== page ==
Italy, Orvieto – History Carved into Tufa II
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The most famous architects of their time took part in decorating the temple. You will see both beautiful reliefs and large colorful mosaics. The cathedral is often taken as one of the best examples of Italian Gothic.
The church itself was built in 1290 but, for example, the massive bronze doors were made by the hands of the leading Italian sculptor Emilio Greco in the late 1960s. His bronze sculptures, for example, are exhibited at the St Petersburg Hermitage, London's Tate Modern gallery and other prestigious art institutions.
The icing on the cake is not a door but a fresco with the motifs of the Final Judgment and the Resurrection created by Luca Signorelli. It is a work that excels in its humanistic approach, a very human emotion. If the name Signorelli does not say anything to you, you must know at least the Sistine Chapel. This artist, together with Botticelli and Perugin, participated in the world-famous fresco cycle today.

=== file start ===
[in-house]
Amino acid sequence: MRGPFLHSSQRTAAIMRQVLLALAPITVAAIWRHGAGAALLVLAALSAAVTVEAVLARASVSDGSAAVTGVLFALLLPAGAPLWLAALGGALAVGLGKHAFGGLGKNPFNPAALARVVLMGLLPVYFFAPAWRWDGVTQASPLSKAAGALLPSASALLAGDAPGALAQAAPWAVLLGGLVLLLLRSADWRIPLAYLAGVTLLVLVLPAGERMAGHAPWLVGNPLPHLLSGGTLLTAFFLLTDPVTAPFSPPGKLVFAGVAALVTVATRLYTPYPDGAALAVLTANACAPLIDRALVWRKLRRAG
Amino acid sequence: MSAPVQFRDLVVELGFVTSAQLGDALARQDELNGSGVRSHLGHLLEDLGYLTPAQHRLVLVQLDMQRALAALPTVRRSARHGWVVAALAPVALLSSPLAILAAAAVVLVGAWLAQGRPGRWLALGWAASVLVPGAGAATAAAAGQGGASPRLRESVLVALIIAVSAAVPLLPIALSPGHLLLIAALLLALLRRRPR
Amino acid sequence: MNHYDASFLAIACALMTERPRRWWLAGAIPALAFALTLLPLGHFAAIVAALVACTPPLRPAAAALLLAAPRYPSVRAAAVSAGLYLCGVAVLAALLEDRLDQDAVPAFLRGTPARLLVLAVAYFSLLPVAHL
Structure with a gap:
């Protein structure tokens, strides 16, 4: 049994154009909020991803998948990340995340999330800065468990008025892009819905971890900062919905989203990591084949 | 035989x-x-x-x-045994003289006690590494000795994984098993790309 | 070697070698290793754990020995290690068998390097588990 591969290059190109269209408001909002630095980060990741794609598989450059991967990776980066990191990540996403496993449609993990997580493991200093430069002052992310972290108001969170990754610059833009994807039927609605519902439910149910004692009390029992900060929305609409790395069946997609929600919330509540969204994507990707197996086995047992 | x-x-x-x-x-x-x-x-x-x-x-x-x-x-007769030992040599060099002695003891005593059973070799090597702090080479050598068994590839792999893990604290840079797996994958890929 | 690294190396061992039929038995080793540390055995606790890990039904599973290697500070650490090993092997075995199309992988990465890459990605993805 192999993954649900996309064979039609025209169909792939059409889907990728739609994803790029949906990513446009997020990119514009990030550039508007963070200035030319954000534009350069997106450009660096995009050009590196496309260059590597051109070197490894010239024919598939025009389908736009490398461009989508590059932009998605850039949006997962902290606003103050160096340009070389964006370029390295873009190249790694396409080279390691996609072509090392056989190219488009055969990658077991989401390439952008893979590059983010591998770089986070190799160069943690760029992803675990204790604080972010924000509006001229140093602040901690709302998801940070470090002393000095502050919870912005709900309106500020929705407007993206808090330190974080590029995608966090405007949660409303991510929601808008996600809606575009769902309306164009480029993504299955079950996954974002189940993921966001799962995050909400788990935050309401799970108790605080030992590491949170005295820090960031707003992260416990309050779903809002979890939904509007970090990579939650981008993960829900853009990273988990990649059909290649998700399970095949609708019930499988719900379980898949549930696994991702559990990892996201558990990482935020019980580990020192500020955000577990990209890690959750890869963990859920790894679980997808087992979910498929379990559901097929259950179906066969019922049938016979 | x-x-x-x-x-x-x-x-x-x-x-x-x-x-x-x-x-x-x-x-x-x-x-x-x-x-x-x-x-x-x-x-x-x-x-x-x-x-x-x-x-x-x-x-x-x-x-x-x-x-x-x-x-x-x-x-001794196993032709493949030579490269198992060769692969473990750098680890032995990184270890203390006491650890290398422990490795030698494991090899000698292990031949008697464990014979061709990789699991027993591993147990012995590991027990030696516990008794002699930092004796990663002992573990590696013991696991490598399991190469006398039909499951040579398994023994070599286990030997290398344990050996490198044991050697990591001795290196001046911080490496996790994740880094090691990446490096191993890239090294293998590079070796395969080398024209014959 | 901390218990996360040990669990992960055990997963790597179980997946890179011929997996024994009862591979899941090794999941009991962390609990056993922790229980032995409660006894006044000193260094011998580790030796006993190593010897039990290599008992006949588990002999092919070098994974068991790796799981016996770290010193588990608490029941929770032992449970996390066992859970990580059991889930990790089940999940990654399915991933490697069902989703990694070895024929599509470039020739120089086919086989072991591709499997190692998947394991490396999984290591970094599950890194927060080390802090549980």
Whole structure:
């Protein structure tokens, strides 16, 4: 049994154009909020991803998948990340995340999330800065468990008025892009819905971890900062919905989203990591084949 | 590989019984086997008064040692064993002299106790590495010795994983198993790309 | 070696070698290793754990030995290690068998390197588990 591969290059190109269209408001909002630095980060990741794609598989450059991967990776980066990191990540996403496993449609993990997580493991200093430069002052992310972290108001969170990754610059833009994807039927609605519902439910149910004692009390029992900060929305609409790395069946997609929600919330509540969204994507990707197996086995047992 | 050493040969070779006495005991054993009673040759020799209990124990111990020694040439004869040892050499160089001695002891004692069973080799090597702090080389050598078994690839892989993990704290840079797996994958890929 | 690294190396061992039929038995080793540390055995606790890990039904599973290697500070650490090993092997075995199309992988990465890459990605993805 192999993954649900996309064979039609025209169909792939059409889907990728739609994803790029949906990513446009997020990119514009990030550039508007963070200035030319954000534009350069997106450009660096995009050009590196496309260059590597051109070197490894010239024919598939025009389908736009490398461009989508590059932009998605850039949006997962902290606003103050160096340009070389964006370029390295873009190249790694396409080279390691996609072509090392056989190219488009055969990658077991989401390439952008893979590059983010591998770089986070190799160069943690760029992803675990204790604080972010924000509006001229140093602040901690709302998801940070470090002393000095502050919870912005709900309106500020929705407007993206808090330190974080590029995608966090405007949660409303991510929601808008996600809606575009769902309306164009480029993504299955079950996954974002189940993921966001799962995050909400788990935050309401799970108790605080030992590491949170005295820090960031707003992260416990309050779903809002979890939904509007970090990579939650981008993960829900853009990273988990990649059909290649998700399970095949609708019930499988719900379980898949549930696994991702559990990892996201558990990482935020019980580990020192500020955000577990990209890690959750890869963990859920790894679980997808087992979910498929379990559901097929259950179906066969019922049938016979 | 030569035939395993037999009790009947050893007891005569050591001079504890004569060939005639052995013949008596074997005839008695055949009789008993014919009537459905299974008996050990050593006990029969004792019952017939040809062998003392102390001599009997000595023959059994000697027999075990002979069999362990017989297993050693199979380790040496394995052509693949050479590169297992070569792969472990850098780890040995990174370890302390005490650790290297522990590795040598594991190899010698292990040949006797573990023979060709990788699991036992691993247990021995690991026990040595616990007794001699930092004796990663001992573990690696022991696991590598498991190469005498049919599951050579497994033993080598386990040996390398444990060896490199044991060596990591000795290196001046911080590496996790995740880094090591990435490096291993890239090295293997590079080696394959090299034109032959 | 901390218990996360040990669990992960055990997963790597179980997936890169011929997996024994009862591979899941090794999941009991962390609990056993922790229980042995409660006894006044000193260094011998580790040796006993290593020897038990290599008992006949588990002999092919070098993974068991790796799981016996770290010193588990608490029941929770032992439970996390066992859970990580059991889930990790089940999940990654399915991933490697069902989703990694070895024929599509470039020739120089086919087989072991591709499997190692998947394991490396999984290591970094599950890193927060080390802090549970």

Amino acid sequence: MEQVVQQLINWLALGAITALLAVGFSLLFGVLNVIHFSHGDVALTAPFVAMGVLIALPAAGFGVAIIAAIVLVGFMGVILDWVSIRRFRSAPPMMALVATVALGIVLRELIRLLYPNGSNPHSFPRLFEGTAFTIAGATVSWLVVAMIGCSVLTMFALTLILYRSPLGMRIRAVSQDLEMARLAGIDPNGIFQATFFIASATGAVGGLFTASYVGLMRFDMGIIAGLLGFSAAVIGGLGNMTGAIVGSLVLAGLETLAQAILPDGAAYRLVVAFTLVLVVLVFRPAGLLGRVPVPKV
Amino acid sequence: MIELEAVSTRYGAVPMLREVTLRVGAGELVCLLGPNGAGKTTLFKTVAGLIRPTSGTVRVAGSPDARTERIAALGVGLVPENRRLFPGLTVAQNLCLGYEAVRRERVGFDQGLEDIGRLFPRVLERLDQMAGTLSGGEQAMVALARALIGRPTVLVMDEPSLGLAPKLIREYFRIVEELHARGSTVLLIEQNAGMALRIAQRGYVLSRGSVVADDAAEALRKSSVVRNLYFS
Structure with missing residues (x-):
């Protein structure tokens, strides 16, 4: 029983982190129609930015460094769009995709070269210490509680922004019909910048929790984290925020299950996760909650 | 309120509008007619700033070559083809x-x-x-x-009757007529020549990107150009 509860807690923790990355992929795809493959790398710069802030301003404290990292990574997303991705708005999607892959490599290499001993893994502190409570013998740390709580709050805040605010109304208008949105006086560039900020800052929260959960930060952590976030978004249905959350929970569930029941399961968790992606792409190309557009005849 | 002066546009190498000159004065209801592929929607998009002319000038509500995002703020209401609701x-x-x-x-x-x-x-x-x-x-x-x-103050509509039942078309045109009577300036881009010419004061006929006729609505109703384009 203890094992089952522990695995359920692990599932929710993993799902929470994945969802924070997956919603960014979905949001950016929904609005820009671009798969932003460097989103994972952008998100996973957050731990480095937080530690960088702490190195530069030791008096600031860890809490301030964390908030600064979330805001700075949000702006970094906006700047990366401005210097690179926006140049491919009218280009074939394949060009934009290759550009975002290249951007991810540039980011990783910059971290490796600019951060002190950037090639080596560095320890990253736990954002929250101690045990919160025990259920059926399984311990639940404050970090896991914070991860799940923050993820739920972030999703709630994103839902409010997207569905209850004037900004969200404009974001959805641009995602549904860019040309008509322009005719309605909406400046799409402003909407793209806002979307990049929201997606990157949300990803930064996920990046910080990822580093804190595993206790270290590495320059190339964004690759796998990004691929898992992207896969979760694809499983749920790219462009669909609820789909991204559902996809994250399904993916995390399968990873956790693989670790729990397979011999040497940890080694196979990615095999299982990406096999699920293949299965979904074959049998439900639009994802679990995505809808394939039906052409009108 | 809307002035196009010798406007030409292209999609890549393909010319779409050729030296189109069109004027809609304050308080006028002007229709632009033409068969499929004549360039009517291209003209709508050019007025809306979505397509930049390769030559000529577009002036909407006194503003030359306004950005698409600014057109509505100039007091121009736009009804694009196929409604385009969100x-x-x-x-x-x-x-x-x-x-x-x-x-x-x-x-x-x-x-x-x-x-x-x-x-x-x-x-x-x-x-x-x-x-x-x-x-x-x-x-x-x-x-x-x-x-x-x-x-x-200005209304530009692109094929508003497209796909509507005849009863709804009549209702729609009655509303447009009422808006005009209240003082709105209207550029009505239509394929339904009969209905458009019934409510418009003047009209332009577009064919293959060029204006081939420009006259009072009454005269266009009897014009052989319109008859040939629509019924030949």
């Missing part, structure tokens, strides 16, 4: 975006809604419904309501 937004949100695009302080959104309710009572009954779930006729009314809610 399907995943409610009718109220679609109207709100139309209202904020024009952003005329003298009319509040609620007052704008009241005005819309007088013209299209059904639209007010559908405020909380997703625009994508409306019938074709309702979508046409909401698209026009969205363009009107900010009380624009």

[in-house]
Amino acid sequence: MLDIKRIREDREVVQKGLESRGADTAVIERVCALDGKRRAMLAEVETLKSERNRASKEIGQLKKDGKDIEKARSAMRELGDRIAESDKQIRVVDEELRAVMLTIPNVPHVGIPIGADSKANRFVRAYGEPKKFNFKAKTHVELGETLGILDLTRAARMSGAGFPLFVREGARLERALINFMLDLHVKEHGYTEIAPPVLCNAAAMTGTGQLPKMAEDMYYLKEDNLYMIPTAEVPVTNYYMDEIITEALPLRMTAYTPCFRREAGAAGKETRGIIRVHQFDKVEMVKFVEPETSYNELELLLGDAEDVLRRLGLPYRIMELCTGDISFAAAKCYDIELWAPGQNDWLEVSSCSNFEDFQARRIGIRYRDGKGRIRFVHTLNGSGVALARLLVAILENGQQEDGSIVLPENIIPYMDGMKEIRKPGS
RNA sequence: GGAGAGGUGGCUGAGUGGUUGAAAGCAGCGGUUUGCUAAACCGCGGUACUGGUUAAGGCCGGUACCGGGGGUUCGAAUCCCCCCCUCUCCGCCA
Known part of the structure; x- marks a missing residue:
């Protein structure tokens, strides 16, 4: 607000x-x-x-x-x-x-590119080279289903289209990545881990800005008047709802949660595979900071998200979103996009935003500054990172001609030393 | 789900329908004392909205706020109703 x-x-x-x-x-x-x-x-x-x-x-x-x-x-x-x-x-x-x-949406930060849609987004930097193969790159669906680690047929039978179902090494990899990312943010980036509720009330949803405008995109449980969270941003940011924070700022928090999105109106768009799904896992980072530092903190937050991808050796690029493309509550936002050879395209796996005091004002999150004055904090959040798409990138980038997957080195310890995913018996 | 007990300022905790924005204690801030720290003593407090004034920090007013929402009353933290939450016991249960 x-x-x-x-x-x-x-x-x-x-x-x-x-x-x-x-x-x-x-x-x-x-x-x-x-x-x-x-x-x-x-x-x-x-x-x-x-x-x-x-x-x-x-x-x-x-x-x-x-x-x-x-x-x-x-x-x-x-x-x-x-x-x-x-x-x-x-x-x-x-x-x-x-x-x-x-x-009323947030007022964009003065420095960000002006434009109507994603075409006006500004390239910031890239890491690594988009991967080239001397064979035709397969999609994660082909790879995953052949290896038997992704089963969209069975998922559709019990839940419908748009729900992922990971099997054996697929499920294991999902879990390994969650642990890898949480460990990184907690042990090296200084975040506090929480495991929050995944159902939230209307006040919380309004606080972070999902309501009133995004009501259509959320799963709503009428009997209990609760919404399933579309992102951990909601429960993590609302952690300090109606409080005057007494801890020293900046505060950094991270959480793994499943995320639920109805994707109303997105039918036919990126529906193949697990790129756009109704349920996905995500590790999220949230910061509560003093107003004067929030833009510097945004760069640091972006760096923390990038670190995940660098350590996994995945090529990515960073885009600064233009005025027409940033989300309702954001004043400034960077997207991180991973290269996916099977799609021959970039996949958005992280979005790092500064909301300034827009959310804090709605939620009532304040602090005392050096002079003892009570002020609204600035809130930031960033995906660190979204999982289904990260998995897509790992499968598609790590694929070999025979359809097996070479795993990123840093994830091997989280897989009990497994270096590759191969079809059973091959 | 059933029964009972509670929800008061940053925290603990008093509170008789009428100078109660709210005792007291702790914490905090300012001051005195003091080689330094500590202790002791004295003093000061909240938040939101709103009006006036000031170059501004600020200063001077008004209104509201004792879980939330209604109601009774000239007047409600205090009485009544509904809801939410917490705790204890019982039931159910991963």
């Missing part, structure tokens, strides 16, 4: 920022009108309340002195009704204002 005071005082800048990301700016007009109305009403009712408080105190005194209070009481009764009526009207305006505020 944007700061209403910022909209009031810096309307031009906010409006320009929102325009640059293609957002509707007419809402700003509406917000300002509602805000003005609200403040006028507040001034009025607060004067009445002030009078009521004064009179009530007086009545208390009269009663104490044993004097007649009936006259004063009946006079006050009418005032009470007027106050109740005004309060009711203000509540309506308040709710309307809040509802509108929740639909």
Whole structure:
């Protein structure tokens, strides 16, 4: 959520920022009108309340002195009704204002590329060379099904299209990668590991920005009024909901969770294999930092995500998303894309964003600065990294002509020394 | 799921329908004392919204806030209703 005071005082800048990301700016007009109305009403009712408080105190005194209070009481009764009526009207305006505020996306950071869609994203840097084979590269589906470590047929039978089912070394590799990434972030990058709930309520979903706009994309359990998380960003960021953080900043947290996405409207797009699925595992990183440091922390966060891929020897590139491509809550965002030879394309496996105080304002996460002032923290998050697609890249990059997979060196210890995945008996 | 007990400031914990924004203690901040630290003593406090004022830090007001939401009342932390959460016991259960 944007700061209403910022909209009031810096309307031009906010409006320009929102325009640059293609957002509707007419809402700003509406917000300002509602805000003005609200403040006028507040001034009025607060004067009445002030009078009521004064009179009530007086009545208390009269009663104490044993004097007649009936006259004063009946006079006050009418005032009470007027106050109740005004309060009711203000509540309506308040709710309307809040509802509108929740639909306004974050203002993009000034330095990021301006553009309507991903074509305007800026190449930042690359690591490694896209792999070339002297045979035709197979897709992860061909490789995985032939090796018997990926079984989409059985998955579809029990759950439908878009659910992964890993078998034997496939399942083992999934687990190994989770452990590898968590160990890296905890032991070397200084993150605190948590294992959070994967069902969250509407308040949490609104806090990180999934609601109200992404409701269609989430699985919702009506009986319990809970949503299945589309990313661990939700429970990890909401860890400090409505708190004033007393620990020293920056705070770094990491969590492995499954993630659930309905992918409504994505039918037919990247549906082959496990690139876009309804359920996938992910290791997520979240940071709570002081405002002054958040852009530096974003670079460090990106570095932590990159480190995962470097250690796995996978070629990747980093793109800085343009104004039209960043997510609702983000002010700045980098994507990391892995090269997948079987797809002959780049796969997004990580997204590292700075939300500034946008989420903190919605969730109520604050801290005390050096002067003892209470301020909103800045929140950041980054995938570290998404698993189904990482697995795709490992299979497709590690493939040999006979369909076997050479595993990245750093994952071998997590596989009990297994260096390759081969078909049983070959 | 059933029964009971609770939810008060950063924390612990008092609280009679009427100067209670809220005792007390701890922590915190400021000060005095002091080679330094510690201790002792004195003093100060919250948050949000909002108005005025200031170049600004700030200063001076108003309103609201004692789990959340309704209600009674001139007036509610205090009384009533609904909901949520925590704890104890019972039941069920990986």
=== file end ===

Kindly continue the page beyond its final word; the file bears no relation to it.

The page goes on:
Perhaps it is better to go outside the tourist season. It's busy enough here, so it'll take a while for you to get inside. The number of visitors who can be in the church at once is strictly limited.
However, we will leave the cathedral and we will walk about five minutes by the narrow medieval street of Via del Duomo. We pass a tiny square, picturesque shops with decorative souvenirs, wine bars or ice cream parlors until we reach Torre del Moro.
Torre del Moro, which has been standing here since the 13th century, will suddenly rise above the houses as you come near it. Originally, the tower was named after the Pope, but later it was renamed to Moro. This name also became the name for the adjacent neighborhood. The tower is practically in the middle of the city. It is open to the public, but you have to overcome a large number of stairs.
Towards the tower is the most important street in the city that stretches from east to west - Corso Cavour. The beautiful street is lined with medieval houses, including the Renaissance palace Palazzo Gualterio. At the western end of the street you can reach Piazza della Repubblica, which also boasts magnificent buildings such as the 12th-century Palazzo Comunale or the Sant'Andrea church with its twelve-foot bell tower from the 11th century..
The city is really beautiful. If you are near, so be sure to come here.
Text: Maxim Kucer
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